Is there a time limit within which the Presiding Officer has to decide?

The law does not specify a time-period for the Presiding Officer to decide on a disqualification plea. Given that courts can intervene only after the Presiding Officer has decided on the matter, the petitioner seeking disqualification has no option but to wait for this decision to be made.

There have been several cases where the Courts have expressed concern about the unnecessary delay in deciding such petitions.[10] In some cases this delay in decision making has resulted in members, who have defected from their parties, continuing to be members of the House. There have also been instances where opposition members have been appointed ministers in the government while still retaining the membership of their original parties in the legislature.[11]

In recent years, opposition MLAs in some states, such as Andhra Pradesh and Telangana, have broken away in small groups gradually to join the ruling party. In some of these cases, more than 2/3rd of the opposition has defected to the ruling party.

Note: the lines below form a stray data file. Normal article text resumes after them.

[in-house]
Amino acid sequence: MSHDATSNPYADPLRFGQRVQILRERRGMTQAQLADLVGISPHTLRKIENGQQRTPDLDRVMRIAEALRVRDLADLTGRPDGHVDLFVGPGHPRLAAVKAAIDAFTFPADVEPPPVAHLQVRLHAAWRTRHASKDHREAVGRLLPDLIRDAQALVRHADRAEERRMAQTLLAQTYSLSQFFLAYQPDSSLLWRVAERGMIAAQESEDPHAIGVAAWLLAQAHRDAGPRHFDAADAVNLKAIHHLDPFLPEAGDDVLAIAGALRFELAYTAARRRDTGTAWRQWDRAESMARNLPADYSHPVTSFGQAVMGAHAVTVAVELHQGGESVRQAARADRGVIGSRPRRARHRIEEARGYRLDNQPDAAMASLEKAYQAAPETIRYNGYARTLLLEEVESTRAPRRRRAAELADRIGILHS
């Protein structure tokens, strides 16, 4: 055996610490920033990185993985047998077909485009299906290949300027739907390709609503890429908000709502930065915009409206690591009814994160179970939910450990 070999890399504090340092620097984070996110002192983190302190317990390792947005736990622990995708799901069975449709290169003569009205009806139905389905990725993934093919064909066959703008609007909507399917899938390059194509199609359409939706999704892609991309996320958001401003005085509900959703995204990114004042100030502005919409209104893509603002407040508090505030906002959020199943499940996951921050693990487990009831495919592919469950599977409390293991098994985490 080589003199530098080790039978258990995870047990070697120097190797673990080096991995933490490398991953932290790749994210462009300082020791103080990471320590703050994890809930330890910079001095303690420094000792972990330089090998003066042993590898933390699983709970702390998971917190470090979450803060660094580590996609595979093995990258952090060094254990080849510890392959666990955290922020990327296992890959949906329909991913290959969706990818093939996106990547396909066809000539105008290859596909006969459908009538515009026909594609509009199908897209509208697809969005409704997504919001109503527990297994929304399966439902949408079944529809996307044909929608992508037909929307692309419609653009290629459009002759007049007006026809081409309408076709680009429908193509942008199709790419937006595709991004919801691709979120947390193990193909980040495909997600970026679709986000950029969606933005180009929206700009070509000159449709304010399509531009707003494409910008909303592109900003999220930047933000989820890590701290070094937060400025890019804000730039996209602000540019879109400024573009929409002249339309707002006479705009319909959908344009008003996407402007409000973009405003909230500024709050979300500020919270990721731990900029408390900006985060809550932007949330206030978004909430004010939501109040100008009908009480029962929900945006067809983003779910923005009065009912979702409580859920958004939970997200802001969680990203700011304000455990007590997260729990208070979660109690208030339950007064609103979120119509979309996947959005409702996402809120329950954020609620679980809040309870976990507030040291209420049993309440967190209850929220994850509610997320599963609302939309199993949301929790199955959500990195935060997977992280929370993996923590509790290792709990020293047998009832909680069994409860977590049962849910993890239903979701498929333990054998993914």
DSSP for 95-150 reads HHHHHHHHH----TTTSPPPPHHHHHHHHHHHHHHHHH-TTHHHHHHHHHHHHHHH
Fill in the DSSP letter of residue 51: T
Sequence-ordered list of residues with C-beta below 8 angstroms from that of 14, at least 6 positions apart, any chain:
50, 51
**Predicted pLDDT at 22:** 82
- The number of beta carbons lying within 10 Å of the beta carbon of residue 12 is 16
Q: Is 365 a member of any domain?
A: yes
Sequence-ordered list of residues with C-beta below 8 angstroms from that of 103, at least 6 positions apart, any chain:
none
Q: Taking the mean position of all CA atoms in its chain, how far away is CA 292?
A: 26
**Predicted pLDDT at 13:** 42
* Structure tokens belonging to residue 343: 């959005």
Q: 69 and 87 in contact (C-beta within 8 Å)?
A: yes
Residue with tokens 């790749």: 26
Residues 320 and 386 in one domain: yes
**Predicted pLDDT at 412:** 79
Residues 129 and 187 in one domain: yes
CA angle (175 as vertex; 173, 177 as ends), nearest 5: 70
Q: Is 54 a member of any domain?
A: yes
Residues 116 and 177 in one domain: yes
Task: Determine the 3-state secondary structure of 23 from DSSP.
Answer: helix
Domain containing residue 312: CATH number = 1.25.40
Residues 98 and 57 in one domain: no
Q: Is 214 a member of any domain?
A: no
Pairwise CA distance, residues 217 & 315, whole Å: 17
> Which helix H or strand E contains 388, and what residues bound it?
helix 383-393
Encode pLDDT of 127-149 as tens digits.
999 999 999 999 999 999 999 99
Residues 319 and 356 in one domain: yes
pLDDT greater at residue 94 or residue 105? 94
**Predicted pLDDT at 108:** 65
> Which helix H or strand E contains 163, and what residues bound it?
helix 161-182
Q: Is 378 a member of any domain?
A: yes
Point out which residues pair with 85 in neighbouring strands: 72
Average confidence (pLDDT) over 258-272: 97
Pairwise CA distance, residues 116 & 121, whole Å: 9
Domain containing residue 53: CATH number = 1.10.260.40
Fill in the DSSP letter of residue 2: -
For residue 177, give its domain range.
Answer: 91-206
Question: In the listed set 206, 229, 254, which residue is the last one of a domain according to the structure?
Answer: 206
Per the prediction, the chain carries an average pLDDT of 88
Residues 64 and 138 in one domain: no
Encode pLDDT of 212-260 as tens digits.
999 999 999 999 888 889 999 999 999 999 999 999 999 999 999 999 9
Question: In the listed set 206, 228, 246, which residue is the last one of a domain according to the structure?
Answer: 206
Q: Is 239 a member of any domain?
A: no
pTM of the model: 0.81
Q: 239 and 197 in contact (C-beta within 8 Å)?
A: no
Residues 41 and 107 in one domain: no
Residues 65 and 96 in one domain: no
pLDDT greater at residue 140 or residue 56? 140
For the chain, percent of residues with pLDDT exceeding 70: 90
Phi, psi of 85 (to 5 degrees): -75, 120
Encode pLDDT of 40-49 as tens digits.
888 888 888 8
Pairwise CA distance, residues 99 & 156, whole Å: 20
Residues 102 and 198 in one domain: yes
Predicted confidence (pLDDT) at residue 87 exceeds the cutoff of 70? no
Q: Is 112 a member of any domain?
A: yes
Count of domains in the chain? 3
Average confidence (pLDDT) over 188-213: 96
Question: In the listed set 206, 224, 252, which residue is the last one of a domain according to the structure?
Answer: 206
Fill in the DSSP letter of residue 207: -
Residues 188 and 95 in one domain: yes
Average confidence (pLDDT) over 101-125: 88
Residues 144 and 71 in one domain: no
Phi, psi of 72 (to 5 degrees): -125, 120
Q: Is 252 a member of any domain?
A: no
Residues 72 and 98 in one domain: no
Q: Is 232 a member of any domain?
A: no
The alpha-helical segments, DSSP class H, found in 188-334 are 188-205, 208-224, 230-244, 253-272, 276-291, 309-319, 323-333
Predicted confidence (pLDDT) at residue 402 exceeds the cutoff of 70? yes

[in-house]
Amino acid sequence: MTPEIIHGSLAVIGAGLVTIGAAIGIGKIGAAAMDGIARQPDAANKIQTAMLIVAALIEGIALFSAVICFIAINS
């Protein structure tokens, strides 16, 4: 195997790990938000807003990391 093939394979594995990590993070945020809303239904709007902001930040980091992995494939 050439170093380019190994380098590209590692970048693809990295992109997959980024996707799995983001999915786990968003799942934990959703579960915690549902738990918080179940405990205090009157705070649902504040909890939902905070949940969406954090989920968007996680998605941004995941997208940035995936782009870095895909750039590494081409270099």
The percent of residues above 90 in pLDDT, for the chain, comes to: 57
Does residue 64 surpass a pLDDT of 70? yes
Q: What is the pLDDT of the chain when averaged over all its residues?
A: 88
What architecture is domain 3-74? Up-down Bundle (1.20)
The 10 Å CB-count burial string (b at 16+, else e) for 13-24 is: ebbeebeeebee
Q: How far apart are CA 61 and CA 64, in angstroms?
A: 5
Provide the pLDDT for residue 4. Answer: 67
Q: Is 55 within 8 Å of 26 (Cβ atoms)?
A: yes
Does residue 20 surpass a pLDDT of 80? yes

In these scenarios, the MLAs were subject to disqualification while defecting to the ruling party in smaller groups.  However, it is not clear if they will still face disqualification if the Presiding Officer makes a decision after more than 2/3rd of the opposition has defected to the ruling party. The Telangana Speaker in March 2016 allowed the merger of the TDP Legislature Party in Telangana with the ruling TRS, citing that in total, 80% of the TDP MLAs (12 out of 15) had joined the TRS at the time of taking the decision.[12]

In Andhra Pradesh, legislators of the main opposition party recently boycotted the entire 12-day assembly session.  This boycott was in protest against the delay of over 18 months in action being taken against legislators of their party who have allegedly defected to the ruling party.[13] The Vice President, in his recent order disqualifying two JD(U) members stated that all such petitions should be decided by the Presiding Officers within a period of around three months.